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FoodMan

Dulce de Leche

197 posts in this topic

So a dessert is made: 1 1/2" in diameter, made in tiny muffin pans in gold papers which I had on hand. Graham cracker crumb crust, one banana coin, a dollop of dulce de leche heated and thinned with cream to make it pliable and topped with plain bittersweet chocolate ganache, around 65%.

Next time?. No cracker crumb crust. Better a real pastry crust by far, both for handling and for taste.

I made them this small because I feared the sweetness of the DDL would just overwhelm everything else. Which it didn't because there wasn't all that much of it per tartlet. But the crust was the wrong taste for the rest of it.

End of story. I put them in the fridge and the plate, which seemed balanced, waren't nohow and when I next looked I had a great mess of little tarts all smushed into each other. What a mess. I rescued a few of the relatively unscathed for the group portrait.

Dulce de Leche Jun 11.JPG

Insult to injury, a terrible photo. Remember...they're only 1 1/2" across.


Edited by Darienne (log)

Darienne

learn, learn, learn...

Cheers & Chocolates

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Why does ddl get clear crystal 'rocks' in it after extended storage?

What is crystalizing out? Its not sugar.

Tri2Cook, i also taste a metallic flavor, tho different w differnt brands of scmilk.

Magnolia and Eagle do well. Some other brands were too metallic to enjoy.

Along the lines of a Nutella sandwich, has anyone tried making a Dulce de Leche sandwich?


"You dont know everything in the world! You just know how to read!" -an ah-hah! moment for 6-yr old Miss O.

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Total brain fart today - decided to the Banana Pudding DDL linked to by Andi above - started by making a crumb crust - then realized I was in the wrong recipe. So continued - figuring I'd just put the pudding in the crust. Found I had no heavy cream so subbed some mascarpone and a bit more milk. Can't find the bottle of amaretto so put some amaretti cookies on the crust.

So now I've got a banana pudding meringue pie in a crumb crust. Shall take it to work and report back later.

Well - it was not a thing of beauty - it didn't cut worth a damn - but by god it was tasty! Suspect that banana bread may never get made again from my old ripe bananas. I think next time I'll make it as a pudding instead of a pie however - but use the amaretti cookies in place of the nilla wafers the recipe calls for.

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It seems that this would be perfect being cooked sous vide, possibly around 85C (185F). It would be set and forget with no chance of exploding cans, etc.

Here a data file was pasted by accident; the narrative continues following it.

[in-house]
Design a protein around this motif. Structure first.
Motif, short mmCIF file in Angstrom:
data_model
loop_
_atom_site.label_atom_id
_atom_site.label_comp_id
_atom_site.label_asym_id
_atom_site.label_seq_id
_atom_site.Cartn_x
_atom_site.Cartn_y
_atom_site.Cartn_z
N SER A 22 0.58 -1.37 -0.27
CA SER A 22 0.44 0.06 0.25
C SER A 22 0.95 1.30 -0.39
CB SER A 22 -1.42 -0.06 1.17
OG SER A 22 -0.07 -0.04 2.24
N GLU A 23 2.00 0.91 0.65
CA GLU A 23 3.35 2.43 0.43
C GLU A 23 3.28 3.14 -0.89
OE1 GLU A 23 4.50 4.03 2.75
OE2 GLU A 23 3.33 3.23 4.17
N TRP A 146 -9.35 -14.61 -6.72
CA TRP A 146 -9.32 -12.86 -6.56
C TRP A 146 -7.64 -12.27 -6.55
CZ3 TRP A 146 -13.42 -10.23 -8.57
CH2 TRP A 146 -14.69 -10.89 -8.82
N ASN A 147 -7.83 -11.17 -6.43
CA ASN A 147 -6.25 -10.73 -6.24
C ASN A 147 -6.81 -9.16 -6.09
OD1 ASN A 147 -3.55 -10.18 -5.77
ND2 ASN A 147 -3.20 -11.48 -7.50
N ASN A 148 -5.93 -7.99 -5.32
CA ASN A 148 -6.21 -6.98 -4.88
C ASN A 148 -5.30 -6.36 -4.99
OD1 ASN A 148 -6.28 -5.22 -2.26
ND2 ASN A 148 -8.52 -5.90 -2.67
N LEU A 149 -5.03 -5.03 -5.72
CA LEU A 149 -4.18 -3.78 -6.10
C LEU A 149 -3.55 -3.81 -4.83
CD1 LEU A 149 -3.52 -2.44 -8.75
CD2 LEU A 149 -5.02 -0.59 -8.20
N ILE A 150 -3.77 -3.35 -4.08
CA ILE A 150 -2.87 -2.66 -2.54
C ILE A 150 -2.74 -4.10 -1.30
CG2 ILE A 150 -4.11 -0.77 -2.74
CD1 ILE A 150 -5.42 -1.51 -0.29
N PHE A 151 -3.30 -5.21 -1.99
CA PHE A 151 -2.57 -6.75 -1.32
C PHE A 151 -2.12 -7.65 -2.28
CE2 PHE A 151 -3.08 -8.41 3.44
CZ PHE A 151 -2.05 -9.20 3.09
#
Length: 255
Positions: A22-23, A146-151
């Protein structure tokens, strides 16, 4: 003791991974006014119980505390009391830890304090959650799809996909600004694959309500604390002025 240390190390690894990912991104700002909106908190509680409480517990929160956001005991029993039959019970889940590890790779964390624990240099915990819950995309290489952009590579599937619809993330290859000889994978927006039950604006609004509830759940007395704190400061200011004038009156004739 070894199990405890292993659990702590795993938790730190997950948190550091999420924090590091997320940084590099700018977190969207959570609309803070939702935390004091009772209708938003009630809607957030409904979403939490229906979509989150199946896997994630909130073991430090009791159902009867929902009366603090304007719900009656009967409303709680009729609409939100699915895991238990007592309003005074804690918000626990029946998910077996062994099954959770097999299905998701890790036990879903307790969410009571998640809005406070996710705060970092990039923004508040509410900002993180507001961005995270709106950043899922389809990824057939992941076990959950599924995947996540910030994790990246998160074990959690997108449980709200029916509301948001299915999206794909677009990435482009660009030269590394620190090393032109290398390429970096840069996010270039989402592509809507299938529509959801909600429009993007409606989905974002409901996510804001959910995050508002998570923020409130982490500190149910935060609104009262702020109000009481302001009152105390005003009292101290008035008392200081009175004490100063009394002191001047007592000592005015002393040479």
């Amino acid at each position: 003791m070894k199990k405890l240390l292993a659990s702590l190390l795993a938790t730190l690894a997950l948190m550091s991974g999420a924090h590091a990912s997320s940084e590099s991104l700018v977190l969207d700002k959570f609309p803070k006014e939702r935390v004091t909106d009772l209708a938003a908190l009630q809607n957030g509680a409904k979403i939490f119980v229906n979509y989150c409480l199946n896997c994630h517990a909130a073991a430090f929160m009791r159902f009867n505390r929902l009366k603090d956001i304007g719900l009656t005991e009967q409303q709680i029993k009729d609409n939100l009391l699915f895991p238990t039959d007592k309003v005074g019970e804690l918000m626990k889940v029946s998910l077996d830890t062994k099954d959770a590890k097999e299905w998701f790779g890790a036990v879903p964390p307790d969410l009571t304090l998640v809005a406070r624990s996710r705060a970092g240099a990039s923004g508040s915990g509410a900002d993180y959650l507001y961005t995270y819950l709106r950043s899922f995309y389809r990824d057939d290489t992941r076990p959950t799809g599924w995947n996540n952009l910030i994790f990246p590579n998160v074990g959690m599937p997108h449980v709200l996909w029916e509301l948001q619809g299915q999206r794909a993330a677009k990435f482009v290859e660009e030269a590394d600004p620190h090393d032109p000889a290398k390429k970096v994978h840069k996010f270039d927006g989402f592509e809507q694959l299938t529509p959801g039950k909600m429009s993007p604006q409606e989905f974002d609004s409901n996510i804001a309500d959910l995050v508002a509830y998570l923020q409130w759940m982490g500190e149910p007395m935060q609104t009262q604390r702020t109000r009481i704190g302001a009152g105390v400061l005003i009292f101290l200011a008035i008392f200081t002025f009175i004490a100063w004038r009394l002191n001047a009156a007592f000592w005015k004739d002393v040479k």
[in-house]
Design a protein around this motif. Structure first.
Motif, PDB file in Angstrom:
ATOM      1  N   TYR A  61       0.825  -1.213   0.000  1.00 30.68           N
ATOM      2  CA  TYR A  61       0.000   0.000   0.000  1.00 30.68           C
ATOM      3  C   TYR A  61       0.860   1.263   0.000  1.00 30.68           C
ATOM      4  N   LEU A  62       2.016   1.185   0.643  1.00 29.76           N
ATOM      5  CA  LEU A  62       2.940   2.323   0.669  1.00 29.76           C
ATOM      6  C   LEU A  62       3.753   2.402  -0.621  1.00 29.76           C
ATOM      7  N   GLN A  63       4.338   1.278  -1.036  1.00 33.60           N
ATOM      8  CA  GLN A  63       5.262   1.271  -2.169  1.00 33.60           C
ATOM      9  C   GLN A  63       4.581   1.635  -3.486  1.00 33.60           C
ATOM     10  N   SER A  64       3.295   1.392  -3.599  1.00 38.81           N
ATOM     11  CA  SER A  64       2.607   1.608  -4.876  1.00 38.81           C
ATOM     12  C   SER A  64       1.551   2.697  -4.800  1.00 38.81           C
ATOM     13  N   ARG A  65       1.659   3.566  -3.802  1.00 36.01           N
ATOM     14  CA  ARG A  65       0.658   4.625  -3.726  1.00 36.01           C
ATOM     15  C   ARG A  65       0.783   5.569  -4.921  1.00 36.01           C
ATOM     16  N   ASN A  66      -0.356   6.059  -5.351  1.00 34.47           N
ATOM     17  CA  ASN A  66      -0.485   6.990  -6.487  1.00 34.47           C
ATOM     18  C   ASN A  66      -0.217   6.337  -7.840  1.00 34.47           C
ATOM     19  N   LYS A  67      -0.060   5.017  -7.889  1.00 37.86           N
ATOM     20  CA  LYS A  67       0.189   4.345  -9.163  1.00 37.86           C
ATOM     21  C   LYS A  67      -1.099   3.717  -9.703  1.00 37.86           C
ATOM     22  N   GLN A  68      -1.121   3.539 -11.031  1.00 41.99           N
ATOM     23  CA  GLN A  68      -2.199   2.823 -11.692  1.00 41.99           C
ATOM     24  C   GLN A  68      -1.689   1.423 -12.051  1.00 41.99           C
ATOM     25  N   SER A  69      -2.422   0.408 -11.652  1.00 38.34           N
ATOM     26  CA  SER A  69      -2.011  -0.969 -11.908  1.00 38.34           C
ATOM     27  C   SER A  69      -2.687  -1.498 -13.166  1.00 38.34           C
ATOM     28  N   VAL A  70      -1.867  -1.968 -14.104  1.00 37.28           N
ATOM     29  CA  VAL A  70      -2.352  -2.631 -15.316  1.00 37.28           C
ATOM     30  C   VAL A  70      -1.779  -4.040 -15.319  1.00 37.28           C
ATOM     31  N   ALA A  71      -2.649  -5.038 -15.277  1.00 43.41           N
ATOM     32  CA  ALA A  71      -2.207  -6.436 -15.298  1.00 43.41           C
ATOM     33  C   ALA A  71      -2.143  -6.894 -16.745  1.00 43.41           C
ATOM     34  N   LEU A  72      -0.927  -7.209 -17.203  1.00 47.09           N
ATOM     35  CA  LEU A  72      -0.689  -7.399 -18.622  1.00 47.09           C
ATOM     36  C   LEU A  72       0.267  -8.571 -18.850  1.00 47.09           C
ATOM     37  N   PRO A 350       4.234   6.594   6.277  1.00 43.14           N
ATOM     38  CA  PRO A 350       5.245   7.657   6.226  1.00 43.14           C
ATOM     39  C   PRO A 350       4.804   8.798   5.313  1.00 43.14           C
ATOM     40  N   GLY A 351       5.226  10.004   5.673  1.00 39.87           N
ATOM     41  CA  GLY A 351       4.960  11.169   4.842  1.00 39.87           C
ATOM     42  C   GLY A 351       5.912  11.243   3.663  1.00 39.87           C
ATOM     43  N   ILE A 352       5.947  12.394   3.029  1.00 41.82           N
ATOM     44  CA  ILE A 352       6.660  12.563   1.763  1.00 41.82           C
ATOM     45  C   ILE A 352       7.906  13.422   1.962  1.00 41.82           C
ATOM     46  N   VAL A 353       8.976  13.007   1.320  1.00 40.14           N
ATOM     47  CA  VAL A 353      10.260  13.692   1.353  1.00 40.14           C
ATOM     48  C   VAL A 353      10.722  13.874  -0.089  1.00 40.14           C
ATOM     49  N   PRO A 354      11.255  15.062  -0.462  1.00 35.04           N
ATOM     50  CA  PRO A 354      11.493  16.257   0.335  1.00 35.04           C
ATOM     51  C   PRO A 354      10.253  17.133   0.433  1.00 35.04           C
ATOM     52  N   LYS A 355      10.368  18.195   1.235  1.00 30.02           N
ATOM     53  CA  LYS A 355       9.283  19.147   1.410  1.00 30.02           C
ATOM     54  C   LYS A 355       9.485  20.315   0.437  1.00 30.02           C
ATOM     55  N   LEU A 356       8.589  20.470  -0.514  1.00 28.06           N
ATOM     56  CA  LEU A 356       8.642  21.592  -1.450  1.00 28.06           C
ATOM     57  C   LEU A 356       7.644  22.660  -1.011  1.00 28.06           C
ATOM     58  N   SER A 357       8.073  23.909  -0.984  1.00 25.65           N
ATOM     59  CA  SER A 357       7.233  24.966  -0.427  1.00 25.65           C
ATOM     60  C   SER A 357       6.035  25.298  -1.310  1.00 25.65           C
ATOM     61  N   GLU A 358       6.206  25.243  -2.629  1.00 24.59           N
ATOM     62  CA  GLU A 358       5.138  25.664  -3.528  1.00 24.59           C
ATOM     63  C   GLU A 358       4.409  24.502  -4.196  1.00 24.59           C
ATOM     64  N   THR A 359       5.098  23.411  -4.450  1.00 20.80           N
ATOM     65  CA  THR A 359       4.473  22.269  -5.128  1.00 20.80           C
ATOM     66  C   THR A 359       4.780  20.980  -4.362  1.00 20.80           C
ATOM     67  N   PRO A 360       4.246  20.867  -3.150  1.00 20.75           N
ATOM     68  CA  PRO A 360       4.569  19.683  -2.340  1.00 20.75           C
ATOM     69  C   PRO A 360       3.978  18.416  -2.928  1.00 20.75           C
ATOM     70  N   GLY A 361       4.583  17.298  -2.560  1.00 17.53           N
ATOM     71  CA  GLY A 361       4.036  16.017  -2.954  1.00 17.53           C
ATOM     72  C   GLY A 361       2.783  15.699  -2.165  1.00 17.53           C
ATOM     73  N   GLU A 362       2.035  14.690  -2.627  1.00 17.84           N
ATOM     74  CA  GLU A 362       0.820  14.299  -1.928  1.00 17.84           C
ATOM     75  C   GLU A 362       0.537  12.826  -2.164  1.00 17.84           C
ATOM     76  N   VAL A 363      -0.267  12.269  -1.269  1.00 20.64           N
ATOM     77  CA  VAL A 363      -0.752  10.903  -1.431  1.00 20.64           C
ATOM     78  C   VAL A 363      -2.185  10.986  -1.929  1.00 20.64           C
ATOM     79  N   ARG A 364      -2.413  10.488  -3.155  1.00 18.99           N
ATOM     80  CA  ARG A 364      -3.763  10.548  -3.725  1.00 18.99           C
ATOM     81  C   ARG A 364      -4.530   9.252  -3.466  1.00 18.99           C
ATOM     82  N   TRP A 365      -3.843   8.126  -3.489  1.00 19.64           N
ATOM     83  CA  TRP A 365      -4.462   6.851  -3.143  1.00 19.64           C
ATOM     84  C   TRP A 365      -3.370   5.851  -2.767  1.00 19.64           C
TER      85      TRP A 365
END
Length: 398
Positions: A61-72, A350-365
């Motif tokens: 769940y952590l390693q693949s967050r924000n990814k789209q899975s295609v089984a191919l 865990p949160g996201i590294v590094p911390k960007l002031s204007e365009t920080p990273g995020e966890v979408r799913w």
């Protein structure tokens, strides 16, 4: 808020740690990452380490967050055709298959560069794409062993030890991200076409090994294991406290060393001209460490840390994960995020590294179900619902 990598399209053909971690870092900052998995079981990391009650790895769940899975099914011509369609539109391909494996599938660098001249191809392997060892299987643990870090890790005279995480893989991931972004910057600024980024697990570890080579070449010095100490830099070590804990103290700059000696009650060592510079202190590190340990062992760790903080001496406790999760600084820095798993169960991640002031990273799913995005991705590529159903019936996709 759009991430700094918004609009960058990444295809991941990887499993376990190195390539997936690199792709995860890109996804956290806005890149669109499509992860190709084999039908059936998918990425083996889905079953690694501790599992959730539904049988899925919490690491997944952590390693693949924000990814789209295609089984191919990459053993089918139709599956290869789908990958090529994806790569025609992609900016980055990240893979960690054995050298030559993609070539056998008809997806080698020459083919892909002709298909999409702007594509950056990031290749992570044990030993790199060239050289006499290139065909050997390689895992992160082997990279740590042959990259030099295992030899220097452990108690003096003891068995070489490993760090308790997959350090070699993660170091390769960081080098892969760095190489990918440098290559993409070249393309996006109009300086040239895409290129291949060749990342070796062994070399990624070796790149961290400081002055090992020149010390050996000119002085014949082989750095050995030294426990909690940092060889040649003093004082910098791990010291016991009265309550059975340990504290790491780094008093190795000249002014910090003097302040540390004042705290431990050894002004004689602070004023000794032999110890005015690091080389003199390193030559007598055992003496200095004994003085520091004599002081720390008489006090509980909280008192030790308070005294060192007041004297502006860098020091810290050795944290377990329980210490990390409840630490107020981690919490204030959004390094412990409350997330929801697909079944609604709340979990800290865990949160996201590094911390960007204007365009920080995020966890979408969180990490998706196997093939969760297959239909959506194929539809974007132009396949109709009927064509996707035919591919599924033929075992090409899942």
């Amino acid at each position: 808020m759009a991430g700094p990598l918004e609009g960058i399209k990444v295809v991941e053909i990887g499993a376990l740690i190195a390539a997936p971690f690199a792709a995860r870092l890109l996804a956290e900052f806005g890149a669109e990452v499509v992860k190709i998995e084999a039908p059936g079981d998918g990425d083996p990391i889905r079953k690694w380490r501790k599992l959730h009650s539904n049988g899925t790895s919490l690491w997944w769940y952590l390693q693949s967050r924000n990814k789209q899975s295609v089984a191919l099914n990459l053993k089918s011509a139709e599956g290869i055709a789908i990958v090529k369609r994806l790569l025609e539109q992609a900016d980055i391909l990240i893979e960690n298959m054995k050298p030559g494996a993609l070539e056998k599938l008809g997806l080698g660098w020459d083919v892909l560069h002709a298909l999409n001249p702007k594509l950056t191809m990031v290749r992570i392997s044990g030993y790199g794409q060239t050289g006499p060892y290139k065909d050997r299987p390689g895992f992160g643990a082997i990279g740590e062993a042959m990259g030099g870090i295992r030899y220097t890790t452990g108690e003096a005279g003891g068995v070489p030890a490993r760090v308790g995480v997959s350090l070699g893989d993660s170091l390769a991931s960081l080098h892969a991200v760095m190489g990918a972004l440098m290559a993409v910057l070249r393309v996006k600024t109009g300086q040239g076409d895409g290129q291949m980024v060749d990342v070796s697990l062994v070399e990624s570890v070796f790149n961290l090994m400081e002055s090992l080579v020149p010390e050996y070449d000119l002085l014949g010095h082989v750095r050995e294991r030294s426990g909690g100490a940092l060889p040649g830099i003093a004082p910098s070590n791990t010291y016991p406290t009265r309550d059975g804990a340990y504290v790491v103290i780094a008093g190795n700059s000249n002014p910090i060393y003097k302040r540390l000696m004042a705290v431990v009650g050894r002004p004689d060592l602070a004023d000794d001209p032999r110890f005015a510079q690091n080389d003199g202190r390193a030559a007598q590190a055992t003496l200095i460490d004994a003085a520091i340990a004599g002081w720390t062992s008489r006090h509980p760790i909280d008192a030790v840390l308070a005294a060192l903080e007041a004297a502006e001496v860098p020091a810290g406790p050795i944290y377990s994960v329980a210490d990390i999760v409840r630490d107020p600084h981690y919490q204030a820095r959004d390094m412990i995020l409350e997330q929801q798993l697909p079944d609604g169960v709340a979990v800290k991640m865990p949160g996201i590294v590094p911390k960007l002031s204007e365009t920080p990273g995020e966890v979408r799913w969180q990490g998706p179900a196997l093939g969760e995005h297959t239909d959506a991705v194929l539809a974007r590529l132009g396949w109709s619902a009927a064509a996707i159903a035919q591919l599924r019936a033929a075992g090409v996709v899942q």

Has anyone tried it?


Nick Reynolds, aka "nickrey"

"My doctor told me to stop having intimate dinners for four.
Unless there are three other people." Orson Welles
My eG Foodblog

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Someday I will gather up those cans that tend to get lost in the back of the cupboard and try either the microwave, or the oven, "open can" method. Have done the boiled can, it's time to try something new.

In the meantime I found a tiny Mexican store open on Father's Day in a pretty small town. The young guy who waited on me said "we don't get many New Yorkers in here.....and asked how I was going to use the things I bought. I bought a can of Nestle Dulce de Leche, and a squeeze bottle of goat milk cajeta. (along with a can of El Pato from another thread, some crema, and queso fresca) Would do a comparison, but the squeeze one may be all gone before I get to it. Much darker than I'm used to, and very silky. Slides right into a spoon. I'm used to thinking of cajeta as a semi solid substance in a cup, usually with a little spoon attached. But this stuff is GOOD.

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Along the lines of a Nutella sandwich, has anyone tried making a Dulce de Leche sandwich?

They're faboo with peanut butter.

It's excellent with Boston brown bread that has been lightly spread with cream cheese. Lovely combination of flavors. You can even lightly toast the brown bread but it isn't necessary.

Check this link - consider Whoopie pies made with DdC.


Edited by andiesenji (log)

"There are, it has been said, two types of people in the world. There are those who say: this glass is half full. And then there are those who say: this glass is half empty. The world belongs, however, to those who can look at the glass and say: What's up with this glass? Excuse me? Excuse me? This is my glass? I don't think so. My glass was full! And it was a bigger glass!" Terry Pratchett

My blog:Books,Cooks,Gadgets&Gardening